During the early years of Nazi occupation of France in World War II, romance blooms between Lucile Angellier (Michelle Williams), a French villager, and Bruno von Falk (Matthias Schoenaerts), a German soldier.
Kristin Scott Thomas,
In Victorian England, the independent and headstrong Bathsheba Everdene attracts three very different suitors: Gabriel Oak, a sheep farmer; Frank Troy, a reckless Sergeant; and William Boldwood, a prosperous and mature bachelor.
A long, long time ago, back in the spring of 1914, they were so happy together. There was Vera Brittain, an upper class girl with ideas of her own; and her bright brother Edward; and his group of friends among whom Roland Leighton, wonderful, handsome, sensitive Roland Vera had fallen for... Always having great times together talking, laughing, exchanging ideas, walking, eating, swimming together; all of them envisioning the glittering future they deserved: Vera, despite her father's opposition, would study at Oxford, marry Roland and be a famous writer; Roland, as for him, would be acclaimed as a great poet while Edward and his friends would each become a prominent figure in his respective field... But then came that fateful day on 4 August 1914 when Britain declared war on Germany. All those beautiful dreams were to be shattered one after the other. All except one: Vera wound up becoming a writer... A writer but a pacifist as well.Written by
When the Sister, a Scottish woman in her sixties, instructs Vera and another nurse to prepare two hundred beds by lunchtime, she says to them, "Move it, move it!" This would be anachronistic even in an American hospital at the time, let alone in Britain. It's only one step short of "Haul ass!" See more »
Like no one else... you share that part of my mind that associates itself mostly with ideal things and places... The impression thinking about you gives me is very closely linked with that given me by a lonely hillside or a sunny afternoon... or books that have meant more to me than I can explain... This is grand, but still it isn't enough for this world... The earthly and obvious part of me longs to see and touch you and realise you as tangible.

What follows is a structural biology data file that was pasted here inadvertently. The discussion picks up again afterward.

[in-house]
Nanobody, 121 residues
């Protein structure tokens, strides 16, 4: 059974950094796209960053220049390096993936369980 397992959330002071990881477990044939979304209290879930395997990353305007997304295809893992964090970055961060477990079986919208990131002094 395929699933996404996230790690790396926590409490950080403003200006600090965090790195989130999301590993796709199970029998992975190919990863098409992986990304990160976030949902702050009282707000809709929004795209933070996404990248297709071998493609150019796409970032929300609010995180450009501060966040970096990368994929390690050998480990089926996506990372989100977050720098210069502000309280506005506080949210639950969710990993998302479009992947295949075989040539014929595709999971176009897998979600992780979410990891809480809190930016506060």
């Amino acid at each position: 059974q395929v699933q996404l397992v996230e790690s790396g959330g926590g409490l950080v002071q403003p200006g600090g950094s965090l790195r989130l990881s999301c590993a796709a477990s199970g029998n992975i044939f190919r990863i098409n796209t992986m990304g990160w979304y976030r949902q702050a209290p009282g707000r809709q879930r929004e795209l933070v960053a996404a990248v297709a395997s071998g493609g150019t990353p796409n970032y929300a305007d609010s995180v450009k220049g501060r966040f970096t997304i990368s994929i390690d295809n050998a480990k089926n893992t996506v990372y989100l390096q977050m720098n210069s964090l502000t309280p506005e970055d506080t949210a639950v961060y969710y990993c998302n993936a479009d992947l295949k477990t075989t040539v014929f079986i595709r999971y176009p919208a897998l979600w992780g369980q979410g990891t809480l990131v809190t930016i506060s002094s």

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During the opening credits, World War I guns can be heard in the background. See more »
Heartbreaking Portrayal of Love and Loss During War
I first read "Testament of Youth" during university and was captivated by the emotionally moving real-life story of love and loss during war. The memoir spurred me on to read more about Vera Brittain, particularly during the World War I period that is the setting of "Testament of Youth." Having read her diary "Chronicle of Youth" and "Letters from a Lost Generation" long before watching this film, I had formed a strong attachment to Vera Brittain almost as if she was a personal friend. Reading her words, it is very easy for anyone, particularly a young, studious person to relate to her and the blossoming romance she describes between herself and her first love, Roland Leighton.
As such, I had extremely high expectations for this film, and was skeptical that Alicia Vikander and Kit Harington would be "my" Vera and Roland--I had such a fixed idea of them in my head. Fortunately Alicia and Kit's performances met my expectations. They had wonderful chemistry and the relationship as portrayed captured the essence of Vera and Roland: the intelligent, witty banter, sweet/innocent flirtatiousness, passion and angst. This relationship is at the heart of the memoir and is the driving force for much of what occurs during and after its commencement, so it was very important for this relationship to be portrayed accurately and to be emotionally moving for the audience, which it certainly was for me.
Supporting characters played by Taron Egerton (Edward) and Colin Morgan (Victor) were also wonderfully portrayed, which was a relief as the relationships with her brother and friend are extremely important in the memoir as well, and just as emotionally moving as the romance between Vera and Roland. As far as the other aspects of the film are concerned, the stirring scenes at the hospital where Vera volunteers as a nurse are gripping and faithfully portray the tumultuous wartime experiences that Vera describes in her memoir.
The highlight for me was the poetry of Roland which is interwoven during key moments in the film. This is a lovely element to the story that I found very touching and it provides a beautiful, emotional backdrop for key scenes.
I really hope this film spurs those who haven't read the memoir/have never heard of Vera Brittain to go on and read "Testament of Youth." The book certainly lingered in my mind for quite some time after I had first read it, and the film likewise recaptured those feelings for me.
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